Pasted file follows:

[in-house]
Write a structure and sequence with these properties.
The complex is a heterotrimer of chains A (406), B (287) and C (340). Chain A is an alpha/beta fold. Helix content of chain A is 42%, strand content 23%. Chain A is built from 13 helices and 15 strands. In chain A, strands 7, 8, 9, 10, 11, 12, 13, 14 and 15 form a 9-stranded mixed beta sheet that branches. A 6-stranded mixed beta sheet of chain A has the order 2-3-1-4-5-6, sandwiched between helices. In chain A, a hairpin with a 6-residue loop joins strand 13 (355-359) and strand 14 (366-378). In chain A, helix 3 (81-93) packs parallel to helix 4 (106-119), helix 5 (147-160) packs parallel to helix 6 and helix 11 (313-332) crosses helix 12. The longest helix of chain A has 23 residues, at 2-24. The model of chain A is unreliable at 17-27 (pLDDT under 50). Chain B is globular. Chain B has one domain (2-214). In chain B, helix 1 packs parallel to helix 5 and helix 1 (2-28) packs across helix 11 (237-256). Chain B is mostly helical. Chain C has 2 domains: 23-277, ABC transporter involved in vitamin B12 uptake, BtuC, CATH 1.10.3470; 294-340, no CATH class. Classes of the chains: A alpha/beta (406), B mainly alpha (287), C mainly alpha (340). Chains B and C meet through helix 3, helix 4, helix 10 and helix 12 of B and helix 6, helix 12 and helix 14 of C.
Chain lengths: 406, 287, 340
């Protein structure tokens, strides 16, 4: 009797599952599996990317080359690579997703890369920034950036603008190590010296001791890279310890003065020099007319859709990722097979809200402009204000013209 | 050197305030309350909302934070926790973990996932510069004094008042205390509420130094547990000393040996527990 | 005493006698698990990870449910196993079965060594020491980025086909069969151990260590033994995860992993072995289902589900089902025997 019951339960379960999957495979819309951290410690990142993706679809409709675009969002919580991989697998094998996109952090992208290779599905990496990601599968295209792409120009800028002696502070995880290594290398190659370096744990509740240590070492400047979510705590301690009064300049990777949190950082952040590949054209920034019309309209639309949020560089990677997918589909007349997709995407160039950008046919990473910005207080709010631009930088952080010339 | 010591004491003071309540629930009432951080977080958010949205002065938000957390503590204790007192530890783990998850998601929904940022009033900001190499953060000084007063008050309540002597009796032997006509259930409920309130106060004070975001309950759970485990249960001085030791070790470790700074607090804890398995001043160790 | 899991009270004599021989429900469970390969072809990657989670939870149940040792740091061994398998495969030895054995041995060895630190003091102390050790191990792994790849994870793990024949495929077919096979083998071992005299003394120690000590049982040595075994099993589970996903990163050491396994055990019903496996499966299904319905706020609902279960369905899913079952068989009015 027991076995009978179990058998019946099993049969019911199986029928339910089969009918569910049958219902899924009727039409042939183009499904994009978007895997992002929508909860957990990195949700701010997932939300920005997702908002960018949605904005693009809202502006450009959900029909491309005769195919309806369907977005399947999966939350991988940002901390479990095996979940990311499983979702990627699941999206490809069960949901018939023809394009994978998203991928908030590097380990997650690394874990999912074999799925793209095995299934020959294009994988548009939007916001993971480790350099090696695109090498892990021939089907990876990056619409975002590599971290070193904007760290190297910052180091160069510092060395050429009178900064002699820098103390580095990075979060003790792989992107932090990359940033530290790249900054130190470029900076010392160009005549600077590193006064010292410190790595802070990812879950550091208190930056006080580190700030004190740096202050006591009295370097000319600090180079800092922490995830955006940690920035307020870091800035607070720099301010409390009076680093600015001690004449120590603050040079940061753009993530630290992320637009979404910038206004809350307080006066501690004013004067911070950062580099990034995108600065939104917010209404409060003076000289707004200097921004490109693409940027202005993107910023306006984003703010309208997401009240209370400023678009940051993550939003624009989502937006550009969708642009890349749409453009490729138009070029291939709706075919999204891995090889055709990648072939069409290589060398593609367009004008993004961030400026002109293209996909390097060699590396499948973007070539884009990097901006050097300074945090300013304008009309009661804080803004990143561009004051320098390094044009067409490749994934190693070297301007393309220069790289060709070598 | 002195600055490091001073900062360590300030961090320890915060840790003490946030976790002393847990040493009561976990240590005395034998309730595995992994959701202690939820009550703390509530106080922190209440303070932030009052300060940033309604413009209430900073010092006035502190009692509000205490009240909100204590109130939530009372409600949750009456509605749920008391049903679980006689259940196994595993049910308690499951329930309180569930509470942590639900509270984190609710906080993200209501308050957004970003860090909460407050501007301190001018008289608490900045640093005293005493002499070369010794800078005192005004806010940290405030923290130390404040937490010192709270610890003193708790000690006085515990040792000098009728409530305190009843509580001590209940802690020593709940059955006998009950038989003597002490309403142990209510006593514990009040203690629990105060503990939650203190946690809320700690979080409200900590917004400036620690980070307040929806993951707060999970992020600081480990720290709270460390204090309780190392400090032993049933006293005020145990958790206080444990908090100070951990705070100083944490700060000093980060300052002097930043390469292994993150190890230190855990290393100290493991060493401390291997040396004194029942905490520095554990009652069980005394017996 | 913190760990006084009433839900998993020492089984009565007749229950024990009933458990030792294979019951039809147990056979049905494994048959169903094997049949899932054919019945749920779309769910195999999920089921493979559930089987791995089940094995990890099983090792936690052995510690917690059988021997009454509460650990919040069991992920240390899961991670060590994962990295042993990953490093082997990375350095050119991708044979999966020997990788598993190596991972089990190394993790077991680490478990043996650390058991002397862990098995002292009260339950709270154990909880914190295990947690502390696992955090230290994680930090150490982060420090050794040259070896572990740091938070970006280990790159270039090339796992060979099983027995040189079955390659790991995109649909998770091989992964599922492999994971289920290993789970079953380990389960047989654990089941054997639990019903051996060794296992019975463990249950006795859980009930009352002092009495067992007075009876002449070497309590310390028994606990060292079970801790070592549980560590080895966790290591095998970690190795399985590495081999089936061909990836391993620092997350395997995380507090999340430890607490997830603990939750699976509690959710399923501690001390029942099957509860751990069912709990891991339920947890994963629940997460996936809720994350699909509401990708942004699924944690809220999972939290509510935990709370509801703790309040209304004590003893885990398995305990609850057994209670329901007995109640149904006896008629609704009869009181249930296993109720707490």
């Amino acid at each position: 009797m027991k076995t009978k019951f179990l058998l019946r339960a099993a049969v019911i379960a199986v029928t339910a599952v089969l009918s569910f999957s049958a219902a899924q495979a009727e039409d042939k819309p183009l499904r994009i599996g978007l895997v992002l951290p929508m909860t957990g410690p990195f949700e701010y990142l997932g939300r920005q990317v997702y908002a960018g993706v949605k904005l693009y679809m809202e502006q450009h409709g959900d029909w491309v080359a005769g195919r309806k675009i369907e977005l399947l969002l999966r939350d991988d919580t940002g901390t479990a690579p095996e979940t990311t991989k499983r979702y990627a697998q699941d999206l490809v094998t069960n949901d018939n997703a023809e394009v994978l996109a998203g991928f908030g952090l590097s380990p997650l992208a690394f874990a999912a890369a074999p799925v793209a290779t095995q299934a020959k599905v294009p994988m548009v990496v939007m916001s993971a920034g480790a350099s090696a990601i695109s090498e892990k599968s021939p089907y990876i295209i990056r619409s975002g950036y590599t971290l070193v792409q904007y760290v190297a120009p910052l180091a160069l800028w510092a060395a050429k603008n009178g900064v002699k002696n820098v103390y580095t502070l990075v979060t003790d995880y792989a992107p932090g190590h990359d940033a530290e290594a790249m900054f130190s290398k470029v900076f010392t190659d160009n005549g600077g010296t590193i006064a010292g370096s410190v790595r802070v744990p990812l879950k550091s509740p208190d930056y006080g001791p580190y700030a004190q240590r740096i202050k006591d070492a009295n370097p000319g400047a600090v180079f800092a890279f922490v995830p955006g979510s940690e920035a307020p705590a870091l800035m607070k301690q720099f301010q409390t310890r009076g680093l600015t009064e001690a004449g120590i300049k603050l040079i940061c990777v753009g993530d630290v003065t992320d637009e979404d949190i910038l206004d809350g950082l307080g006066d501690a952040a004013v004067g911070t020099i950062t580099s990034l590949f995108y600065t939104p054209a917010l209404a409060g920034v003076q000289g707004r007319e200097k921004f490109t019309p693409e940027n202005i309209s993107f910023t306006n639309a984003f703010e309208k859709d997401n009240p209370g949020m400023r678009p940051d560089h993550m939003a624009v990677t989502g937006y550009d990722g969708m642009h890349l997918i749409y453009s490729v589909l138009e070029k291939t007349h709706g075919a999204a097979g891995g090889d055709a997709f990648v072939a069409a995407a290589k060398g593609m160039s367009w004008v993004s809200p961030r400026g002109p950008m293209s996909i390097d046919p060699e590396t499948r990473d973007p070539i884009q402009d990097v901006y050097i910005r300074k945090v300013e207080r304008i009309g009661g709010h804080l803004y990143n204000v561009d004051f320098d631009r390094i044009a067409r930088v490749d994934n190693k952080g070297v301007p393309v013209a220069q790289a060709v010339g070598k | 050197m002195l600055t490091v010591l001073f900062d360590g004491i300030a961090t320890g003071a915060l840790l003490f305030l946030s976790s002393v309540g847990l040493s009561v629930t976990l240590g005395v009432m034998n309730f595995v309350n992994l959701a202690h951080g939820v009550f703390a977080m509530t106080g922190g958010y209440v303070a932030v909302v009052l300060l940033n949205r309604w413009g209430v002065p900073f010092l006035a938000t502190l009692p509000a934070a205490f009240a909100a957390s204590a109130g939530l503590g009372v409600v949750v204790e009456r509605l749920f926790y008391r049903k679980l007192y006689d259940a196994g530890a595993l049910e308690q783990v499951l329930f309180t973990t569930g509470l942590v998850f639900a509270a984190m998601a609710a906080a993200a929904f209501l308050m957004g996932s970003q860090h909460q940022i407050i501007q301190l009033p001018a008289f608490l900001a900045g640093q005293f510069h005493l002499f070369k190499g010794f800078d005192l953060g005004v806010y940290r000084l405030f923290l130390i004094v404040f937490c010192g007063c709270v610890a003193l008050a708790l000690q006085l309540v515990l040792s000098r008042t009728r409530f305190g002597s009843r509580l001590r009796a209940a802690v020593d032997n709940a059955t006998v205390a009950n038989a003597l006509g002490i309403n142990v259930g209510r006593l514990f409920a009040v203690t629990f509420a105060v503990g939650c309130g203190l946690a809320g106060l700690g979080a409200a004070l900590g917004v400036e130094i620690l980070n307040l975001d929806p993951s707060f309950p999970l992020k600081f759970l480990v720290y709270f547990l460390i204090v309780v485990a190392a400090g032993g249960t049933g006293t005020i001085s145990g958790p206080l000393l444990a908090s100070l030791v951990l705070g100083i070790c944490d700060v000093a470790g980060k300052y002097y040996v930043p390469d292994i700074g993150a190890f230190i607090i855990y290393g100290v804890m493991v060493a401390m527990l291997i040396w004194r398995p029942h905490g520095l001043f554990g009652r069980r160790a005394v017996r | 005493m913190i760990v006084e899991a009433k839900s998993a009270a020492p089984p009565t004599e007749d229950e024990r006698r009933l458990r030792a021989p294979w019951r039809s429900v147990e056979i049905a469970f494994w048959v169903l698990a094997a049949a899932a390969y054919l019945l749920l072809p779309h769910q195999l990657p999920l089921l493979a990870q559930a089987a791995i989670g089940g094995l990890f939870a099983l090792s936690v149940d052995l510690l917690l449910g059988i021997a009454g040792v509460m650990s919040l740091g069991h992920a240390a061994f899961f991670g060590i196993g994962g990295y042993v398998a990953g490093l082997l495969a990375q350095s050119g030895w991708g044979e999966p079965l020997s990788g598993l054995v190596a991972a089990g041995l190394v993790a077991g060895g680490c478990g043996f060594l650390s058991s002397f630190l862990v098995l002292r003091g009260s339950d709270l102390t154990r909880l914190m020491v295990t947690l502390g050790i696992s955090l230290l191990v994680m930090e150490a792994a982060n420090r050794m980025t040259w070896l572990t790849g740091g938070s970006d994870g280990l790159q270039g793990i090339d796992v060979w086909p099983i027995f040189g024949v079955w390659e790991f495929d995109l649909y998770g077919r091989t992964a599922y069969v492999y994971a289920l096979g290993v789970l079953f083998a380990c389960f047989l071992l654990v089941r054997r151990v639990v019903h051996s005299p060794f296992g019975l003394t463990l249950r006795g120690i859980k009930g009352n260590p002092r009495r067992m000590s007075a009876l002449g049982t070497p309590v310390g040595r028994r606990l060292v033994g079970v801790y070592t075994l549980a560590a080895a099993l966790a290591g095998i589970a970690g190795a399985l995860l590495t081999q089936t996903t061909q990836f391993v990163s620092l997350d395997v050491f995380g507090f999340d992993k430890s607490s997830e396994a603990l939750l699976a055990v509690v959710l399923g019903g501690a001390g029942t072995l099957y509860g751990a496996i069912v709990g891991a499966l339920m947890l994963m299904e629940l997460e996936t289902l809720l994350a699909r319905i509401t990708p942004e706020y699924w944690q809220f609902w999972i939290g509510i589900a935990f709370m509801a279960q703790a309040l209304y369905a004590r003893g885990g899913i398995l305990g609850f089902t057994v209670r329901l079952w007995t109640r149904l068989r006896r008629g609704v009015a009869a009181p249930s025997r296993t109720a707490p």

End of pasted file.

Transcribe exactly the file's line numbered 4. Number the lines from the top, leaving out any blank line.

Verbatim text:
Chain lengths: 406, 287, 340